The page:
By definition, Modernism is “a style or movement in the arts that aims to break with classical and traditional forms”
“Modern artistic or literary philosophy and practice; especially: a self- conscious break with the past and a search for new forms of expression” [Merriam Webster]
Modernism is a movement that permeated many disciplines, including painting, sculpture, dance, music, literature and philosophy, and was influenced by politics, scientific and technological innovation, and the Industrial Revolution. The guiding principles of this movement were a break from old traditions, continual advancement and the fact that art should be valued for being art. [National Gallery of Art]
Modernists celebrated the talents and abilities of mankind –intelligence, creativity, radical thinking – and didn’t succumb to traditional limits. [Tate]
Modernism is a comprehensive movement which began in the closing years of the 19th century and has had a wide influence internationally during much of the 20th century. Modernism reveals breaking away from established rules, traditions and conventions, fresh ways of looking at man’s position and function in the universe and many experiments in form and style. It is particularly concerned with language and how to use it and with writing itself.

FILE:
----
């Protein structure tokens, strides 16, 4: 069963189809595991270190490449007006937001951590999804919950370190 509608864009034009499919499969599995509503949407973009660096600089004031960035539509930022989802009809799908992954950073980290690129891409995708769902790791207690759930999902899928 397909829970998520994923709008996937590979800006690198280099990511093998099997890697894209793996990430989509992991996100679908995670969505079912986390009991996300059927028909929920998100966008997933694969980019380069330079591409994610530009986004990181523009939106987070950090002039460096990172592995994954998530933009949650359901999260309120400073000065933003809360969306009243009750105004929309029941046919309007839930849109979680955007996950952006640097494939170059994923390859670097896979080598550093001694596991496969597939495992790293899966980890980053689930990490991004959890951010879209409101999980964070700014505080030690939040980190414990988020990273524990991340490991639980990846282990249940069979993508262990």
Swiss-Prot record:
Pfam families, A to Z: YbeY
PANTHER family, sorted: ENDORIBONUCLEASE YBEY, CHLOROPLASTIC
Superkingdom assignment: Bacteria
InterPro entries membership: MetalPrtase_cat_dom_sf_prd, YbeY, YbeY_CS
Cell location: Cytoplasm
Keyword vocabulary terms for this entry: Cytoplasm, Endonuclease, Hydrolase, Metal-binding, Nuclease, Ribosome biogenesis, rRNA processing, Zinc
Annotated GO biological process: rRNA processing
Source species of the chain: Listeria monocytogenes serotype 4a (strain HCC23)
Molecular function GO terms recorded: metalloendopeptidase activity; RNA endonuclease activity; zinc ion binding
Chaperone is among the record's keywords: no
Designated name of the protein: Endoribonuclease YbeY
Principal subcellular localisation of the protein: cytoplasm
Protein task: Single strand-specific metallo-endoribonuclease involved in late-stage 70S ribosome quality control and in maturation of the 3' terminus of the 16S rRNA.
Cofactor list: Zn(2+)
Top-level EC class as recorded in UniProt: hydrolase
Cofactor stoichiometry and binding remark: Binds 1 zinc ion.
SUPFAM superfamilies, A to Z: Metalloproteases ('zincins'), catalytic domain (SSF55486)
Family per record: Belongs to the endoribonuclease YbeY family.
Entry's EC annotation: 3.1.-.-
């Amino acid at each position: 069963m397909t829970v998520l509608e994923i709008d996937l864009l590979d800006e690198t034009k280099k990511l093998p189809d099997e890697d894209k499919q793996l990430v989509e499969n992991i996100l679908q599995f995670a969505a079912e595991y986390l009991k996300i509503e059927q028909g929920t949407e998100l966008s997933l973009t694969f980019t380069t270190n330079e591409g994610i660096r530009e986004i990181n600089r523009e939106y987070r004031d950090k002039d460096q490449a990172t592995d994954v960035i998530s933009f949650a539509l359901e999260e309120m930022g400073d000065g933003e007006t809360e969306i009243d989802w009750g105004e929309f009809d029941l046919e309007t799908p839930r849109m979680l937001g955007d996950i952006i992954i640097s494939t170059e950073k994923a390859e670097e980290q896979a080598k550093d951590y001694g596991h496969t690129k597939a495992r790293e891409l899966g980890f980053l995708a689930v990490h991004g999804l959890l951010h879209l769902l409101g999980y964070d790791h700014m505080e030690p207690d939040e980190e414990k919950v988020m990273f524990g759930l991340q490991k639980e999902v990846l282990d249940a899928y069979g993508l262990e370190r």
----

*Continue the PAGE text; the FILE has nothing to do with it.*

In Arts, a radical break with the past and concurrent search for new ways of expression. Modernism fostered a period of experimentation in the arts. This is an era characterized by industrialization, rapid social change, advances in science and social sciences. (e.g Darwinism, Freudian Theory ).
Modernism describes a series of reforming cultural movements in art and architecture, music, literature and the applied arts which emerged in the three decades before 1914. Embracing change and present, modernism encompasses the works of thinkers who rebelled against nineteenth century academic traditions, believing the "traditional" forms of art, architecture, literature, religious...